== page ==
I not only could not stifle controversy among your readers–I welcome it. This Administration intends to be candid about its errors; for as a wise man once said: “An error does not become a mistake until you refuse to correct it.” We intend to accept full responsibility for our errors and we expect you to point them out when we miss them.

Without debate, without criticism, no Administration and no country can succeed and no republic can survive. That is why the Athenian lawmaker Solon decreed it a crime for any citizen to shrink from controversy. And that is why our press was protected by the First Amendment– the only business in America specifically protected by the Constitution–not primarily to amuse and entertain, not to emphasize the trivial and the sentimental, not to simply “give the public what it wants”–but to inform, to arouse, to reflect, to state our dangers and our opportunities, to indicate our crises and our choices, to lead, mold, educate and sometimes even anger public opinion.

This means greater coverage and analysis of international news–for it is no longer far away and foreign but close at hand and local. It means greater attention to improved understanding of the news as well as improved transmission. And it means, finally, that government at all levels, must meet its obligation to provide you with the fullest possible information outside the narrowest limits of national security–and we intend to do it.

It was early in the Seventeenth Century that Francis Bacon remarked on three recent inventions already transforming the world: the compass, gunpowder and the printing press. Now the links between the nations first forged by the compass have made us all citizens of the world, the hopes and threats of one becoming the hopes and threats of us all. In that one world’s efforts to live together, the evolution of gunpowder to its ultimate limit has warned mankind of the terrible consequences of failure.

And so it is to the printing press–to the recorder of man’s deeds, the keeper of his conscience, the courier of his news–that we look for strength and assistance, confident that with your help man will be what he was born to be: free and independent.
 
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Originally posted by harvey101blind:
this is my last post on here...


Well, it was nice knowing you, harvey101blind. I have found your posts...unusual!

That last post, by the way, is a speech by JFK, but harvey101blind didn't reference it properly. I'm not sure what it has to do with free verse (the title of this thread), or in what way it could be said to be inspired by Ray (the title of this part of the boards). But neither am I entirely sure why harvey never managed to find the SHIFT key on his keyboard...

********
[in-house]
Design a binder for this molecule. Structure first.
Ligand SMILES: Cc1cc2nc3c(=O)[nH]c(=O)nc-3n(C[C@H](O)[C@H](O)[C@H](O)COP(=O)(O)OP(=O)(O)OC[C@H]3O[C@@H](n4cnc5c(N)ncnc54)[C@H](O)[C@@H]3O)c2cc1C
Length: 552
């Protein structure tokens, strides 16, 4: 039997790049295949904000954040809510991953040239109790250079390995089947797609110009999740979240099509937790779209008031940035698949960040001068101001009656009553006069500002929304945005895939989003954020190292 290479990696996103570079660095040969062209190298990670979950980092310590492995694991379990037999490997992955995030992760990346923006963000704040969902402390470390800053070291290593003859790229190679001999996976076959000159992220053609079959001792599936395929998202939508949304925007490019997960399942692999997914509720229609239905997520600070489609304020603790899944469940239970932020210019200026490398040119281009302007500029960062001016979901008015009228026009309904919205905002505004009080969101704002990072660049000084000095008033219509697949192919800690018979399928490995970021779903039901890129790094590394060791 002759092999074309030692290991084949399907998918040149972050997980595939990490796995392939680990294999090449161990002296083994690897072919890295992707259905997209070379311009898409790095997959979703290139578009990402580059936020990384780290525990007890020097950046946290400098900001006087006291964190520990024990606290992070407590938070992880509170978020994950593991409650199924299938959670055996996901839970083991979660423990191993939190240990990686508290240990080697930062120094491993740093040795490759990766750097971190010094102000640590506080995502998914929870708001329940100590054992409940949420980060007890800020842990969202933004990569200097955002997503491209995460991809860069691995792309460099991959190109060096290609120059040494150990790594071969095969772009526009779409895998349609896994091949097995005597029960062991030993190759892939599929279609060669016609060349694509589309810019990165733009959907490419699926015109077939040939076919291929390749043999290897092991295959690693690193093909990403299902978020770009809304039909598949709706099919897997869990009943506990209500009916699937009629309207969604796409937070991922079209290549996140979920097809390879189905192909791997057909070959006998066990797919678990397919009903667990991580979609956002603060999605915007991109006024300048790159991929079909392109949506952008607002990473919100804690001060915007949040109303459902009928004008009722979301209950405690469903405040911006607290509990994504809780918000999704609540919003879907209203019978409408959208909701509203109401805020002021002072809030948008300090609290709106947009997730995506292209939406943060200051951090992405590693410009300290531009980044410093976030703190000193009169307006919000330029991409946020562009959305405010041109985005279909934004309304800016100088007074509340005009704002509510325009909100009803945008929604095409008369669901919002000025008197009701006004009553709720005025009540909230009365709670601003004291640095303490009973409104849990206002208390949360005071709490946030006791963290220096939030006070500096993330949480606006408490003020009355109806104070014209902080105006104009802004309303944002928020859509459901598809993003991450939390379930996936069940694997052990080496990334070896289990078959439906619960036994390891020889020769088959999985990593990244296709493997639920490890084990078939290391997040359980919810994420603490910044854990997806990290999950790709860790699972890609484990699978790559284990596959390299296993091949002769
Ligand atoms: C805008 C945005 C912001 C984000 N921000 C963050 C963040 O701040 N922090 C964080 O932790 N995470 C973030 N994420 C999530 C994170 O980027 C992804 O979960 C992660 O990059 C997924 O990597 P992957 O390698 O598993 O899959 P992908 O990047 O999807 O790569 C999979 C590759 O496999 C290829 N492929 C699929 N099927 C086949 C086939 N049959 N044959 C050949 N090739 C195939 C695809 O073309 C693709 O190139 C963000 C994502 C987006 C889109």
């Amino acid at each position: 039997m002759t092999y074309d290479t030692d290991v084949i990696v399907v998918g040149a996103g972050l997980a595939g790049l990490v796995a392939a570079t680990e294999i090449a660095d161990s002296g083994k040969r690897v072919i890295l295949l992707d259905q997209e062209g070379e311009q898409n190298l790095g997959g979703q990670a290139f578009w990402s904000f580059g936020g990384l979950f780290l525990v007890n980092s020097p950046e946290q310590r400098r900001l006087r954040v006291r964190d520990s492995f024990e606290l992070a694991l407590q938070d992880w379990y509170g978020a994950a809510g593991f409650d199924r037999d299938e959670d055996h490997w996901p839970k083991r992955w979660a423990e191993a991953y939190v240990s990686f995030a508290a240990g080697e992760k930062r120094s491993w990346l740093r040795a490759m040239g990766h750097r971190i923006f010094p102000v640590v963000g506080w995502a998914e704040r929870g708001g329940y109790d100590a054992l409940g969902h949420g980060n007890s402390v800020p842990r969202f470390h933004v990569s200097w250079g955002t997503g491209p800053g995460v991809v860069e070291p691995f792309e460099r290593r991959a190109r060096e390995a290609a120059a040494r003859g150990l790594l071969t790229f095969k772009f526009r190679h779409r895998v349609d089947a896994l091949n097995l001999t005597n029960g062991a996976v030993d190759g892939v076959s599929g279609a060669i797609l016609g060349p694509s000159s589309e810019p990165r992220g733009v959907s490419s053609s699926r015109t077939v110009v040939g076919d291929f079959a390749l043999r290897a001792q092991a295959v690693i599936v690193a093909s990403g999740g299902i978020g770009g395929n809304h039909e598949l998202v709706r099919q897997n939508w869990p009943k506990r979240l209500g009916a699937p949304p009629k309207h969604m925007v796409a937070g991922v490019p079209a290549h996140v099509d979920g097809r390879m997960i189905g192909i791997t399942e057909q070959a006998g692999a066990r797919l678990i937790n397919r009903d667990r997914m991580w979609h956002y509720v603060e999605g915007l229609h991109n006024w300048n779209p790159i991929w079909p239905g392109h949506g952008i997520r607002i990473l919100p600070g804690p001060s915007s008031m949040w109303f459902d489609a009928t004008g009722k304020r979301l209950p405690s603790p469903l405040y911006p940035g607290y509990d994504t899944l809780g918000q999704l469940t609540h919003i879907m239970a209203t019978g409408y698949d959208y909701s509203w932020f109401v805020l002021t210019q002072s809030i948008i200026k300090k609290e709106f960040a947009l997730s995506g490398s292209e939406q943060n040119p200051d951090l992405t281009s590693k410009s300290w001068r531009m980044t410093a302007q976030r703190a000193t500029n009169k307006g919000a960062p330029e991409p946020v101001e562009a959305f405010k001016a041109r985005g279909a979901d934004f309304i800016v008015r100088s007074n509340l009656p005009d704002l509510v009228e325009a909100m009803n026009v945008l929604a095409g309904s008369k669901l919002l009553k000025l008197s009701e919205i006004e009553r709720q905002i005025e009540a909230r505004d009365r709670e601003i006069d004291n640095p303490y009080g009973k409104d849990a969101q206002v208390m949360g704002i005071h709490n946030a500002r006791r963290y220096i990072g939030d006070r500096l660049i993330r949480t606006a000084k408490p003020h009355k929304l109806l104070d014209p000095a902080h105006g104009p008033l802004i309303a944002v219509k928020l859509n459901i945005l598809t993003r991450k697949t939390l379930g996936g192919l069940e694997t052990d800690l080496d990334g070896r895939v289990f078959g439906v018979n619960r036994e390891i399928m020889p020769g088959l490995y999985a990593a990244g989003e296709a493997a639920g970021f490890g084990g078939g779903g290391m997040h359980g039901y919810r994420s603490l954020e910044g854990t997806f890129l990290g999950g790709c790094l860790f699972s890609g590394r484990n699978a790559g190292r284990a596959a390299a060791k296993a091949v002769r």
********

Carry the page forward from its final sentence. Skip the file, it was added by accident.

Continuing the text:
- Phil

Deputy Moderator | Visit my Bradbury website: www.bradburymedia.co.uk | Visit the Center for RB Studies: www.tinyurl.com/RBCenter
 
Posts: 5014 | Location: UK | Registered: 07 April 2003Report This Post
<harvey101blind>
posted
youtube "pogo-upular" and "pogo alice" and call me in the morning

these are my shady grains, when finite time , met a stars blind eye , eternities are motionless , no echo as were never coming back , off to infinate stars and black , let the molds relax , something sane in a soul detached
 
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<harvey101blind>
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the wizard of the moon , bent realities pen , and things never where the same again , whatever comes through , memories like waves washing ashore , from the vast horizon of youth , the mysticism of the unseen , breaking shadows out loud ,
 
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<harvey101blind>
posted
all happening with gabriels obo playing solo from the back of my mind , thinking about all those eyes , all joys and sadnesses ive sighed , live and let it ride , i'm gonna slide , to the bottom and the top on this tide
 
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<harvey101blind>
posted
she's the devil and the death of me , roses and rain , soft parades and bitter memories , jesters spoke of romance , like years hadnt advanced , grown cold washed them old moldy and sold , to the soonest pot o gold toten trolls , with treasonous souls , hopping like mad toads down a dusty dirt road , . smite smittenest smote